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My Father's Dragon Paperback – January 12, 2014
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My Father's Dragon--a favorite of young readers since the 1940s and a Newbery honor book--captures the nonsensical logic of childhood in an amusingly deadpan fashion. The story begins when Elmer Elevator (the narrator's father as a boy) runs away with an old alley cat to rescue a flying baby dragon being exploited on a faraway island. With the help of two dozen pink lollipops, rubber bands, chewing gum, and a fine-toothed comb, Elmer disarms the fiercest of beasts on Wild Island. The quirky, comical adventure ends with a heroic denouement: the freeing of the dragon. Abundant black-and-white lithographs by Ruth Chrisman Gannett (the author's stepmother) add an evocative, lighthearted mood to an already enchanting story. Author Ruth Stiles Gannett 's stand-alone sequel, Elmer and the Dragon, and her third volume, The Dragons of Blueland both received starred reviews in School Library Journal and are as fresh and original as her first. (Ages 4 to 8)
From the Inside Flap
When Elmer Elevator hears about the plight of an overworked and underappreciated baby flying dragon, he stows away on a ship and travels to Wild Island to rescue the dragon.
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Top Customer Reviews
The best thing about the book for me was that even though there's plenty of action (mostly involving the little boy outsmarting a series of wild animals in order to reach the dragon), there's nothing the least bit scary here. That was very important to me as the mother of a four-year-old. The book was written in the forties, and it has a sweet, gentle, old-fashioned quality that it's hard to find in any form of entertainment for young children today. (Even Disney is too intense for a lot of four-year-olds.) It has the kind of innocence most of us would like our children to be able to hang on to for a few years.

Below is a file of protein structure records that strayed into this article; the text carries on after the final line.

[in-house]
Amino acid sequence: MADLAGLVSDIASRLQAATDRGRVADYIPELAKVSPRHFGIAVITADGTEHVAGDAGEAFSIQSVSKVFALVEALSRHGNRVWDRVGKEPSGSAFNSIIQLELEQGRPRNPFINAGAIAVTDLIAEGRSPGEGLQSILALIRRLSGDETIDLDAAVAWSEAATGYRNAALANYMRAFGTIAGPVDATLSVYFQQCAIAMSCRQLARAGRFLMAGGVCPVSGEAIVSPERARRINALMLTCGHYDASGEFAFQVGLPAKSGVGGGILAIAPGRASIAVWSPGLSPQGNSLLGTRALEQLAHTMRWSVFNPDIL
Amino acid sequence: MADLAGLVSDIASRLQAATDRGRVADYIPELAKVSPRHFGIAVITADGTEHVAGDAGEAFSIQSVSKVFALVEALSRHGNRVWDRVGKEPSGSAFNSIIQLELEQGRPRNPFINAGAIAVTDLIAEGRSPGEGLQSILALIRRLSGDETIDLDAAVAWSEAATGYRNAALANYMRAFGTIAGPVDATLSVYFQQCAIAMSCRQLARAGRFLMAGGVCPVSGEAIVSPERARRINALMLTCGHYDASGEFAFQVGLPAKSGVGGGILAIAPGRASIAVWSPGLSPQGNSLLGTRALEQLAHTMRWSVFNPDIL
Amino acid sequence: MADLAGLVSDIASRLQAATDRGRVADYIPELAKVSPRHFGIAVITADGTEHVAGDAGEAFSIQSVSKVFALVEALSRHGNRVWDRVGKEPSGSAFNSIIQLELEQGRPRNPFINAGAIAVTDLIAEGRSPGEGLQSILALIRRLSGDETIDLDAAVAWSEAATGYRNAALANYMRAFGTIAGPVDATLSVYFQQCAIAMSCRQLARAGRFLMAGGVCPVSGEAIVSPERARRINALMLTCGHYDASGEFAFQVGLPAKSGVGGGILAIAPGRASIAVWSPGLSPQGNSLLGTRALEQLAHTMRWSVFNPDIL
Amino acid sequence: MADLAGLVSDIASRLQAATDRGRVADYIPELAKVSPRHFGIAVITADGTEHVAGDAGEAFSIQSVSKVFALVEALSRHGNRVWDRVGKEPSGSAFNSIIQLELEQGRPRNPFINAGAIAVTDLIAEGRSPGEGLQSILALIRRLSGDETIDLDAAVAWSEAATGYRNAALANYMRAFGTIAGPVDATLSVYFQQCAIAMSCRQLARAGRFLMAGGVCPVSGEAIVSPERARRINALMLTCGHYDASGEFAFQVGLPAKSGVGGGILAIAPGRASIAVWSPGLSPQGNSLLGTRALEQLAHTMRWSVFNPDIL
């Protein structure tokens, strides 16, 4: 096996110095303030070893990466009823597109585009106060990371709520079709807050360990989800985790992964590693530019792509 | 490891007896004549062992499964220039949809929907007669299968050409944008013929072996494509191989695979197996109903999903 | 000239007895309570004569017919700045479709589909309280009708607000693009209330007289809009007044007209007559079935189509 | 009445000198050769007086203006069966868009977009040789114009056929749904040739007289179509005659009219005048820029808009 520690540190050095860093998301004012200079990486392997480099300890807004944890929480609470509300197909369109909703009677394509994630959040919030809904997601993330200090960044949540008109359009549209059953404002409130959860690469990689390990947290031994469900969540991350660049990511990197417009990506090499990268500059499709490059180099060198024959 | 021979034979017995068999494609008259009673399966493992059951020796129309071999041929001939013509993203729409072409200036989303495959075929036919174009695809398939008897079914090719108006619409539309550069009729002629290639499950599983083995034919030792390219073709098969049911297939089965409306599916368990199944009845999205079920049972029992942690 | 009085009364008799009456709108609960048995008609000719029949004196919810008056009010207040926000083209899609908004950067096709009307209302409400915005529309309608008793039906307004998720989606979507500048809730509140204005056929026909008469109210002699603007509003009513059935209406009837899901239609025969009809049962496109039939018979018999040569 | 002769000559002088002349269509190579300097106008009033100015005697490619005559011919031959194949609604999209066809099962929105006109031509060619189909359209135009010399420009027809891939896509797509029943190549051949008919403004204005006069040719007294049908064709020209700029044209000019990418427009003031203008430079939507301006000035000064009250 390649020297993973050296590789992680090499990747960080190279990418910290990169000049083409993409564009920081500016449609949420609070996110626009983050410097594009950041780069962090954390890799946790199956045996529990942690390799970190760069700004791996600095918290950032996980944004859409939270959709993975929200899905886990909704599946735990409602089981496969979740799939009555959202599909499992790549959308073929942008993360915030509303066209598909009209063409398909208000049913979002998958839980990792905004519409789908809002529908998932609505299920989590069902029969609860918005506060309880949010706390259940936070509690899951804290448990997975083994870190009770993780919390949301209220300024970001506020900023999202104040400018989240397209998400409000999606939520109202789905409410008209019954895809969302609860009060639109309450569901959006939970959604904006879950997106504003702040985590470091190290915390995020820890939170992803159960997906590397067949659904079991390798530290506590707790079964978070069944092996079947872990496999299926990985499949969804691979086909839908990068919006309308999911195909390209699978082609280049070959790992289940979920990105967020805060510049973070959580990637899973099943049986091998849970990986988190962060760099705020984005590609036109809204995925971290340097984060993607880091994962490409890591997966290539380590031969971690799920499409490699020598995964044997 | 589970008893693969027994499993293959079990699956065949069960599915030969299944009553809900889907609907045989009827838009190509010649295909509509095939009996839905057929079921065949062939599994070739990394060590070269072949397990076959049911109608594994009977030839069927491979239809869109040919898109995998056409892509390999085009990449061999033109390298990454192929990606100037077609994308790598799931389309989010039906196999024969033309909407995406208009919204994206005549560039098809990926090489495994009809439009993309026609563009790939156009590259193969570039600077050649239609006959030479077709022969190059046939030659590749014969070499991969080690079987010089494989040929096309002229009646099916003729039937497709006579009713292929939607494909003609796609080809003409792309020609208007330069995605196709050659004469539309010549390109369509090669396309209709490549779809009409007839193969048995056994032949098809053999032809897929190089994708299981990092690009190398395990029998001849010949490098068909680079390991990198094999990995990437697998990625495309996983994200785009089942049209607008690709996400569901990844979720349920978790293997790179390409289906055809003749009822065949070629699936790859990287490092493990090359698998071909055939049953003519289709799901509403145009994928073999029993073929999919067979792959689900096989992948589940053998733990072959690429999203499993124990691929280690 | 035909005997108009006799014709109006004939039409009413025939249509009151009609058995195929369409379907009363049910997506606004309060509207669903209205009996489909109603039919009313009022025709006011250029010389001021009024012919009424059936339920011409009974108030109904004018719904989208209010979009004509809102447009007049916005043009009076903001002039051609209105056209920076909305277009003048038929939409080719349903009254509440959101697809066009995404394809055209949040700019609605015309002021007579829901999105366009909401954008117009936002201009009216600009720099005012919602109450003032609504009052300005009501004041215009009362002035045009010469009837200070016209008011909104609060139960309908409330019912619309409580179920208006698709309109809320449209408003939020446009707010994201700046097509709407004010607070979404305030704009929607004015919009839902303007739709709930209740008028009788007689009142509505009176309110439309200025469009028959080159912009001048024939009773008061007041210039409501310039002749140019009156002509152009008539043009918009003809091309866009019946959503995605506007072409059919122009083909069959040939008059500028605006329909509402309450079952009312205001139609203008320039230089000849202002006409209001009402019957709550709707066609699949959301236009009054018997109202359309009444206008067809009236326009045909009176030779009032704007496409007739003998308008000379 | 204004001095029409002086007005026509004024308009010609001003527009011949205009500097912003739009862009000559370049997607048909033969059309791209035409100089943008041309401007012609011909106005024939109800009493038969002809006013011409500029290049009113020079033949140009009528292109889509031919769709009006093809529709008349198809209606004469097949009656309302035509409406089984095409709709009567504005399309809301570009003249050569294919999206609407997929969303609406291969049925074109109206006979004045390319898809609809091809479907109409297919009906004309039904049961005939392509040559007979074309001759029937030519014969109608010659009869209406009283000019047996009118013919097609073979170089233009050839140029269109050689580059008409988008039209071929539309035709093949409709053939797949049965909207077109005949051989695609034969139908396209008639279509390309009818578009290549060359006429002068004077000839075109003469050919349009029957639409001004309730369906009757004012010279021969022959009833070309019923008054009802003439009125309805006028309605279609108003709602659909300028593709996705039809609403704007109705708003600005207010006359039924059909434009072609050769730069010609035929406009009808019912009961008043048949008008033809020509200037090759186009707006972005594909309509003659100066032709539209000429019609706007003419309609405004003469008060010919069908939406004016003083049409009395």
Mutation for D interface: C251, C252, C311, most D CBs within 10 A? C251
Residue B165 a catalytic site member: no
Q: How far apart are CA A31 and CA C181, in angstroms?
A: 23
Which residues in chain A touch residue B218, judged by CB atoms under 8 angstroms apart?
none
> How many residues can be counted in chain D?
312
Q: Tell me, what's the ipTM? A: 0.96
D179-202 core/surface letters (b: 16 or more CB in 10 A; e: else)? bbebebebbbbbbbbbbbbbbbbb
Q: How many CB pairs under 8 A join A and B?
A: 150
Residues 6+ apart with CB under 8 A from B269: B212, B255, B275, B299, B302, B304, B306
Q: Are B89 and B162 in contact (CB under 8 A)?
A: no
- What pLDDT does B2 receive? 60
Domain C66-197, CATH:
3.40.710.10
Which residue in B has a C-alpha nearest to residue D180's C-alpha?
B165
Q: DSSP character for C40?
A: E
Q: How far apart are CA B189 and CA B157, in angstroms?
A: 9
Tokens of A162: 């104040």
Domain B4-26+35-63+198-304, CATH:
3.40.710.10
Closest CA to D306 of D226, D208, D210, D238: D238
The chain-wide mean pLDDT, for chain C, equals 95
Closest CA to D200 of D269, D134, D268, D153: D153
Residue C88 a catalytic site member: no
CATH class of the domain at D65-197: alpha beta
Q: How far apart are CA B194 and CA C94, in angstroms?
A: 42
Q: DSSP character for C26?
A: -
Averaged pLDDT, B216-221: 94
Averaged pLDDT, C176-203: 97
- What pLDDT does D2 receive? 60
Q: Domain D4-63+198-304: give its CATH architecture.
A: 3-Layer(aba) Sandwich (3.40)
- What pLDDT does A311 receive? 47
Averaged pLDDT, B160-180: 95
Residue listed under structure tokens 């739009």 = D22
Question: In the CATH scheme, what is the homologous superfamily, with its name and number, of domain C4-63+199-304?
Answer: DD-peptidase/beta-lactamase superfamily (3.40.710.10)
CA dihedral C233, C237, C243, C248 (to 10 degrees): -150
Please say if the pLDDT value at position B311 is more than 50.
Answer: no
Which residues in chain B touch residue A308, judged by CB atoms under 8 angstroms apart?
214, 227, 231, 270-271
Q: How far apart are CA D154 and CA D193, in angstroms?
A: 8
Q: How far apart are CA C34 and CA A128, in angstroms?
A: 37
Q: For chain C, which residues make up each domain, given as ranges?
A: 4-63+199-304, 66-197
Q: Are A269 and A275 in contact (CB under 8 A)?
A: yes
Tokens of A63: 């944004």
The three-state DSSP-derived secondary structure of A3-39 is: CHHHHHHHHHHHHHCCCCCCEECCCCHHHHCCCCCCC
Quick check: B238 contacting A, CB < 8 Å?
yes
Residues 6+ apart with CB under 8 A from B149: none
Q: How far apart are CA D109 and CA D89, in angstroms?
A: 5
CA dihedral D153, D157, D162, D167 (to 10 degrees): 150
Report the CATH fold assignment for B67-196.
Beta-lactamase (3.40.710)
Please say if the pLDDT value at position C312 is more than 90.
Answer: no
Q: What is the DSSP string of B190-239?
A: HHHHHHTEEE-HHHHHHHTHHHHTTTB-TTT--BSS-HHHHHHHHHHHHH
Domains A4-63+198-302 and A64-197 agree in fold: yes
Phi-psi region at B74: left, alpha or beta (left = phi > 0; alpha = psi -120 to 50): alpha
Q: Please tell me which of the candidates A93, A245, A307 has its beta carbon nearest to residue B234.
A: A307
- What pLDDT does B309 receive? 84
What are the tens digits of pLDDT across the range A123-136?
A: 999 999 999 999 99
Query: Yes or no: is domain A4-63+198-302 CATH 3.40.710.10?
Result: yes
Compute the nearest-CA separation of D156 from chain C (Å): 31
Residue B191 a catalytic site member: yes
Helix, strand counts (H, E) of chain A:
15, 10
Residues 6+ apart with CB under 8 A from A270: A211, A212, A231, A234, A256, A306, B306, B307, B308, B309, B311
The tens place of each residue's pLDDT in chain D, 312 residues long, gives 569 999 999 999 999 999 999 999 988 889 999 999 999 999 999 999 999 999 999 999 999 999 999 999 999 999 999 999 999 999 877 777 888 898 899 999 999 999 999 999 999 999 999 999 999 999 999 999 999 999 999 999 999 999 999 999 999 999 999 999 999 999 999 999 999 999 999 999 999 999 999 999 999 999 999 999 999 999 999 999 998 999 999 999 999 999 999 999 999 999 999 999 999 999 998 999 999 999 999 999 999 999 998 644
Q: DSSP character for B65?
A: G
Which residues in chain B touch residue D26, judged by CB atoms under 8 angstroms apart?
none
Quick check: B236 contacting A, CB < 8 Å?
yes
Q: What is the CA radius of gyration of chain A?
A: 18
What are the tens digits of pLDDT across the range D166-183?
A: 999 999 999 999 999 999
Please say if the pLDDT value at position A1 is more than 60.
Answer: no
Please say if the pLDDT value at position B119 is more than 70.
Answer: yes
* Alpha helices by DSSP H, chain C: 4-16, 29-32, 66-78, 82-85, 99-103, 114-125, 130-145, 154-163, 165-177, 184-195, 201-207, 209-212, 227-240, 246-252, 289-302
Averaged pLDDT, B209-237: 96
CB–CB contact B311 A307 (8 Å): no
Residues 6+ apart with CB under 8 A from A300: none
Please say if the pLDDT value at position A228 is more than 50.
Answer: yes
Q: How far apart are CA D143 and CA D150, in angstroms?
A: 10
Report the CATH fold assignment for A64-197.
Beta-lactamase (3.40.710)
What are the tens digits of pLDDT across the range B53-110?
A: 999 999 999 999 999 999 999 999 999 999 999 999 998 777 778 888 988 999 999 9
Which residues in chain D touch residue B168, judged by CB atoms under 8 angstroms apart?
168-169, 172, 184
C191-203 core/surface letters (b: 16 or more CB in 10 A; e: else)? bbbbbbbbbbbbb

My son loved the book so much we read it over and over again, and went on to read the other two books in the series (Elmer and the Dragon and The Dragons of Blueland) many times as well.
Years later, when he was in third grade, his teacher mentioned to me that she was hunting for a chapter book to read to the class, but wasn't having much luck. Everything she looked at seemed beyond the attention span of many of the kids in her class. I told her about My Father's Dragon, but I also said it probably wasn't exciting enough to hold the attention of third graders. But she tried it anyway, and later told me that kids who had never shown any interest in books were reminding her every day to read another chapter. She, too, went on to read the whole series.
It's a great introduction to chapter books. More important, it's a lovely, gentle book to share with a child.
Instead, he came home from his multi-age class rhapsodizing about a book I had never heard of...My Father's Dragon. And although I haven't read it (yet), I can tell you for sure what happens in the first five chapters, because my son tells us all with such verve and enthusiasim about the adventures that take place there! How the narrator's father gets out of the tigers, and builds a bridge with the crocodiles are two of his favorite parts, and the words "Bome Cack! Bome Cack!! have entered our vocabularies probably forever.
I think the three books in this series will be entering our household at Christmas time, and I can't wait to read them myself!